The Pope's Toilet (El Baño del Papa)
- Tony McKibbin
- 4 September 2008
Like the recent Couscous, The Pope’s Toilet works up a great deal of narrative tension out of what are very believable anxieties. Its strength is that it generates a plot out of real life and real concerns. Taking as its premise a visit Pope John Paul II made to the Uruguayan town of Melo, the film explores how the locals hope the visit will work a mini-economic miracle. Expecting many thousands of visitors to pour in from nearby Brazil, Beto (César Troncoso) and his neighbours all borrow heavily against the possibility of making a fast buck out of the visit. Beto and his family build a toilet that can be used by the hordes they’re expecting, but will all go according to plan?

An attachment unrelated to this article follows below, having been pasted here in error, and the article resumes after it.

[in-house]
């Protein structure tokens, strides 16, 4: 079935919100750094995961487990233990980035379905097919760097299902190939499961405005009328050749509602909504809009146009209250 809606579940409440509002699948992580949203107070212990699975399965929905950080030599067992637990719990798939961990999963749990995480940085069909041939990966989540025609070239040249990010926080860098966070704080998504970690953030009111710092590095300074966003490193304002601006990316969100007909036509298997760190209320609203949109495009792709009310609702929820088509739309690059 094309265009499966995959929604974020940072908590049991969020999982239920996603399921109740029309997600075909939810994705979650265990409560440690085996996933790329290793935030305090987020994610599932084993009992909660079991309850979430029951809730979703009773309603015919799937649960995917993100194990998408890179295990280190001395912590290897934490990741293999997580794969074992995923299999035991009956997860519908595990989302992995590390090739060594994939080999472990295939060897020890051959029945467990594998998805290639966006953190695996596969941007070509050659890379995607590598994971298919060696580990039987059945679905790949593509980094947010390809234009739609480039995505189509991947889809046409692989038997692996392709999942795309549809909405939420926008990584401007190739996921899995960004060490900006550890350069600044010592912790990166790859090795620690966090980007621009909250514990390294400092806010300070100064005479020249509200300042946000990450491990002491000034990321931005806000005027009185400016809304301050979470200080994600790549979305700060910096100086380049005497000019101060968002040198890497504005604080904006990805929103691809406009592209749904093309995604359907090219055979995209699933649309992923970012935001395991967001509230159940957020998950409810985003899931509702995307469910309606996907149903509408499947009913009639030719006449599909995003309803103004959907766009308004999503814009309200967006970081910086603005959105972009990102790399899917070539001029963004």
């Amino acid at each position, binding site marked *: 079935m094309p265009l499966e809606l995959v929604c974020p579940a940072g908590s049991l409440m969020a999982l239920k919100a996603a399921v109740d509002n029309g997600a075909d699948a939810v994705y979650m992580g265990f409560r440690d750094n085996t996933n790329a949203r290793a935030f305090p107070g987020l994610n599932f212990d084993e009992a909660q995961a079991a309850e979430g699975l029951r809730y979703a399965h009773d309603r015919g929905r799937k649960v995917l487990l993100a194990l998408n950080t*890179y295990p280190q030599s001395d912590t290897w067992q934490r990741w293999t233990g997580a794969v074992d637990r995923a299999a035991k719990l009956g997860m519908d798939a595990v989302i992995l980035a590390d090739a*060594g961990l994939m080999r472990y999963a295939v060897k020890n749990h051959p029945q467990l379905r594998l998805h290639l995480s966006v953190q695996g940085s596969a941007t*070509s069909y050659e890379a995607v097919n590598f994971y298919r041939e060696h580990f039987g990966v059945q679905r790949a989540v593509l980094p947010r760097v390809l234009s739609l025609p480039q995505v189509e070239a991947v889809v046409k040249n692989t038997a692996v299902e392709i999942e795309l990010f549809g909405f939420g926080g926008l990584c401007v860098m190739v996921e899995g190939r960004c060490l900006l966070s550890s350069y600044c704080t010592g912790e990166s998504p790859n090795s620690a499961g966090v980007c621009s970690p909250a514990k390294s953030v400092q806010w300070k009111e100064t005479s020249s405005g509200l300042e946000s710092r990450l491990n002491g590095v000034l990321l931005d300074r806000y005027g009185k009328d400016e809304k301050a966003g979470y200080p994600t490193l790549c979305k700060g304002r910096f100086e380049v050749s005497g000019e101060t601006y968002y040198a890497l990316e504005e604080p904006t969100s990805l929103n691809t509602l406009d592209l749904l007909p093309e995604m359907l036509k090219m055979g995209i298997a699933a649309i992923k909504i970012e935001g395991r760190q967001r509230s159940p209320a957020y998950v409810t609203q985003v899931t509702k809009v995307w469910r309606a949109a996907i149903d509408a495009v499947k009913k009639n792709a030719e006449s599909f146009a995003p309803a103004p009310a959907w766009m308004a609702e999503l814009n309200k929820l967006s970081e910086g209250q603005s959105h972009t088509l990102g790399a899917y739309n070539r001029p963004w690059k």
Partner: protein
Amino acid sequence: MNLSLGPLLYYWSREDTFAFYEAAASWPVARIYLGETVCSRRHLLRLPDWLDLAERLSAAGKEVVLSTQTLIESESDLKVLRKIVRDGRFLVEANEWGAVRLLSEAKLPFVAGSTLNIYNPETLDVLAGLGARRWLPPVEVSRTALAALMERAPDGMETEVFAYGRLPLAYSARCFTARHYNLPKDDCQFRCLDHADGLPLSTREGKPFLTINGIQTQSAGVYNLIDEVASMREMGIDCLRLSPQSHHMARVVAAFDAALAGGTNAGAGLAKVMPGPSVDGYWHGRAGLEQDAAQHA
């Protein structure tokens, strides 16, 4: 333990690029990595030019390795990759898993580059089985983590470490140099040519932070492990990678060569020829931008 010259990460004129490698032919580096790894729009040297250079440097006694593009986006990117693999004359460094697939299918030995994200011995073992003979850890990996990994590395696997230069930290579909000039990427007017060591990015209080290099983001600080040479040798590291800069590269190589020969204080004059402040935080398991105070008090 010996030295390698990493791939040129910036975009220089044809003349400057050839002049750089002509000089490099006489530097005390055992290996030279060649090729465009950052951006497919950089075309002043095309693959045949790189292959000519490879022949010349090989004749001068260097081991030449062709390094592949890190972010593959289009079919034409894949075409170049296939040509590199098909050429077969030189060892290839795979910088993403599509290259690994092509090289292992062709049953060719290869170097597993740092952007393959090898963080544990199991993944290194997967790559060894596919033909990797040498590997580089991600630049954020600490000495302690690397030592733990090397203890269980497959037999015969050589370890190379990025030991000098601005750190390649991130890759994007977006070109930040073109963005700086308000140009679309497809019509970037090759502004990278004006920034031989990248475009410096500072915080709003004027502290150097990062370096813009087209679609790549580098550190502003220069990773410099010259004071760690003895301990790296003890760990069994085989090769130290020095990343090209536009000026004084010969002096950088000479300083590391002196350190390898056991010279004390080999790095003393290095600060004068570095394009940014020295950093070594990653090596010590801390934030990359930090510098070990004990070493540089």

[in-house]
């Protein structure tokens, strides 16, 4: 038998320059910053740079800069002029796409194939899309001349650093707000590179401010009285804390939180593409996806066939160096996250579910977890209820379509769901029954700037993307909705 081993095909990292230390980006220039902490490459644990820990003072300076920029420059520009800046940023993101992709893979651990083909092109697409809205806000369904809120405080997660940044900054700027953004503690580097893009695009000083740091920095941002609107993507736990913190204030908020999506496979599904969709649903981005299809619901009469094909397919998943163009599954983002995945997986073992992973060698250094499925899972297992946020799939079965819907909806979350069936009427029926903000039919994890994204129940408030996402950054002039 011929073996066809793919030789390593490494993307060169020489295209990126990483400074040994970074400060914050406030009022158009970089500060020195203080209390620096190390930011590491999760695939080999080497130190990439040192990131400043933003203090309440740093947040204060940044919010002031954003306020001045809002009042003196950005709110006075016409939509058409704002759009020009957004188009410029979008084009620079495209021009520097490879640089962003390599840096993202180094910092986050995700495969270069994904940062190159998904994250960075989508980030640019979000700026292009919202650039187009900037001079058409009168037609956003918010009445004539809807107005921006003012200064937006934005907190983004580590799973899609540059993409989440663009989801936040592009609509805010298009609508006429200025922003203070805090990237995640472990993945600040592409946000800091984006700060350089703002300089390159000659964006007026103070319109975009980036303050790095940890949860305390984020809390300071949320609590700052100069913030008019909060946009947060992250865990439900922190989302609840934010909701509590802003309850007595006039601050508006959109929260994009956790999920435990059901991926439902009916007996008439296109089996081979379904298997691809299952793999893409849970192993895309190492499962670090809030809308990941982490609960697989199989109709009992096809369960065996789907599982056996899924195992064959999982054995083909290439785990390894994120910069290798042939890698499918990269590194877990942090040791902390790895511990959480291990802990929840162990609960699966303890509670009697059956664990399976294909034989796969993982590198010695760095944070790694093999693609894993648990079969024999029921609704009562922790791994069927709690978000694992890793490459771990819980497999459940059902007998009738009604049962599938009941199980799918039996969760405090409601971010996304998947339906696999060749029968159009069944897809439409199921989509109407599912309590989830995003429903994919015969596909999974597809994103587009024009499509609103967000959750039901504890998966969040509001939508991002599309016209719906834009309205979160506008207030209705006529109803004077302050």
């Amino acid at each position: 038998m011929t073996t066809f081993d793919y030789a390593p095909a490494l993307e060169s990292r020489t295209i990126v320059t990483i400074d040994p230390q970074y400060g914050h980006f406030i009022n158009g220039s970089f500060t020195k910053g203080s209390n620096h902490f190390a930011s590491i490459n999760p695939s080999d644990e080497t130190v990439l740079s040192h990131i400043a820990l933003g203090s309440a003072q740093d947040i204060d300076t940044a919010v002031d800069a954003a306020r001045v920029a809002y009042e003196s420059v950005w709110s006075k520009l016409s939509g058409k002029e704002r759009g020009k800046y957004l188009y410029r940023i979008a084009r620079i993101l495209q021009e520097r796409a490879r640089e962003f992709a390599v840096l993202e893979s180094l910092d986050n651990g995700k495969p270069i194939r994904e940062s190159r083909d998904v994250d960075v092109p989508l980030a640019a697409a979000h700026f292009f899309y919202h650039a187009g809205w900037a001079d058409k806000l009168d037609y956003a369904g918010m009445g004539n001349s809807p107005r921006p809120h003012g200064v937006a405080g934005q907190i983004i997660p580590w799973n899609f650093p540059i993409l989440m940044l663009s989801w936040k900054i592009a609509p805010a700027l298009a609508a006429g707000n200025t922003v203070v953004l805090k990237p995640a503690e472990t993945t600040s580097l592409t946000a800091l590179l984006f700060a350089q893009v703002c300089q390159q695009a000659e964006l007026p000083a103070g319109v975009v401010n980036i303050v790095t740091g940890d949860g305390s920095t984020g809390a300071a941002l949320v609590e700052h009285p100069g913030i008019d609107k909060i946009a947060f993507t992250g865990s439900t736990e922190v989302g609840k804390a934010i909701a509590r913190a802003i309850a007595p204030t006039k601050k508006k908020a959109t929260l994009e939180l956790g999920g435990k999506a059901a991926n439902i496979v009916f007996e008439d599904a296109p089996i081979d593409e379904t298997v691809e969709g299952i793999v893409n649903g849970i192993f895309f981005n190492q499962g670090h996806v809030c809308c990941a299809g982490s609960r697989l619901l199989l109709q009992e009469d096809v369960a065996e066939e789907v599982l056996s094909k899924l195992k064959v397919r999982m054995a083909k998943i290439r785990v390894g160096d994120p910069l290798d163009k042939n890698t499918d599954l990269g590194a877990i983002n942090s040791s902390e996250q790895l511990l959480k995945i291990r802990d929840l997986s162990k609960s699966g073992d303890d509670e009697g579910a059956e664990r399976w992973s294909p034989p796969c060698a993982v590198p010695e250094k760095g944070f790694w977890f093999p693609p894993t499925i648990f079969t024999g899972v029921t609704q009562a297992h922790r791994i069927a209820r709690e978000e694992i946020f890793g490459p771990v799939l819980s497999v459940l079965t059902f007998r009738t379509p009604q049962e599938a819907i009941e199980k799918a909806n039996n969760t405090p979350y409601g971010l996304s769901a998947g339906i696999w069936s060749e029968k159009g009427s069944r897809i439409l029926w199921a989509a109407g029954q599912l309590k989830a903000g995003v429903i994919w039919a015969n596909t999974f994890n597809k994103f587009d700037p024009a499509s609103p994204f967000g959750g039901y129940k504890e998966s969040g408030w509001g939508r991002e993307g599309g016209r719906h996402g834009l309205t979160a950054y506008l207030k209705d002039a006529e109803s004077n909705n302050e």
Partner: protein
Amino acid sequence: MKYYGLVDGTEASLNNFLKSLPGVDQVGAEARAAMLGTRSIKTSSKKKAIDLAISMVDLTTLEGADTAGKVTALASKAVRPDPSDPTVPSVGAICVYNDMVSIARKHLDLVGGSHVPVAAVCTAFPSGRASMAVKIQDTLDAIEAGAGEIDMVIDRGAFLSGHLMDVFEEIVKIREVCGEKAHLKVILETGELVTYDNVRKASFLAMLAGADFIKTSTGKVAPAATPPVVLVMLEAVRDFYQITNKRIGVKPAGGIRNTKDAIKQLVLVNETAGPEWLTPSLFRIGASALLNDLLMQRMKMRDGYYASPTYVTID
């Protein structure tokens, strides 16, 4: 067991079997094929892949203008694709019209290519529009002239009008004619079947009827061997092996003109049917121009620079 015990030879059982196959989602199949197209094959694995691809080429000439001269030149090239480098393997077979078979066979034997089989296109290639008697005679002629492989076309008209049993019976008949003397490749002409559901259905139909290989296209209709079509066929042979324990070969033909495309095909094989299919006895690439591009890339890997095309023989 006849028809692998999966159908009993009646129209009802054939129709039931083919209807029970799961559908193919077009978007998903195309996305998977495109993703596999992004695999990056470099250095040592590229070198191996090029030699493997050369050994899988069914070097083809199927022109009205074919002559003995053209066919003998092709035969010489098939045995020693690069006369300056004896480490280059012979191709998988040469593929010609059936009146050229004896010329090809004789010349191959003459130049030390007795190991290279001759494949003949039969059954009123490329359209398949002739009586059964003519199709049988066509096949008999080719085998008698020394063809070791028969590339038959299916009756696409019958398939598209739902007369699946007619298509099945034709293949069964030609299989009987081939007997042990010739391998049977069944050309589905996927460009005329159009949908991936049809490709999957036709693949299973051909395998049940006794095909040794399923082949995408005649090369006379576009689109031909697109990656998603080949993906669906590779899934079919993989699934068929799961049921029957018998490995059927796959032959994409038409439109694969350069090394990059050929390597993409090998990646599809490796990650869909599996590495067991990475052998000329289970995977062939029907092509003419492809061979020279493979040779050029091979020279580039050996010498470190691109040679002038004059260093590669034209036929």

Directors Enrique Fernández and César Charlone have made a film that is heavy on pathos and offers too many reaction shots to Cesar’s wise daughter looking at her parents’ messy lives, but this is cinema with a purpose, a film that cranks up the tension as well as a thriller but with a decidedly more socio-political purpose.
GFT, Glasgow & Filmhouse, Edinburgh from Fri 5‐Thu 11 Sep.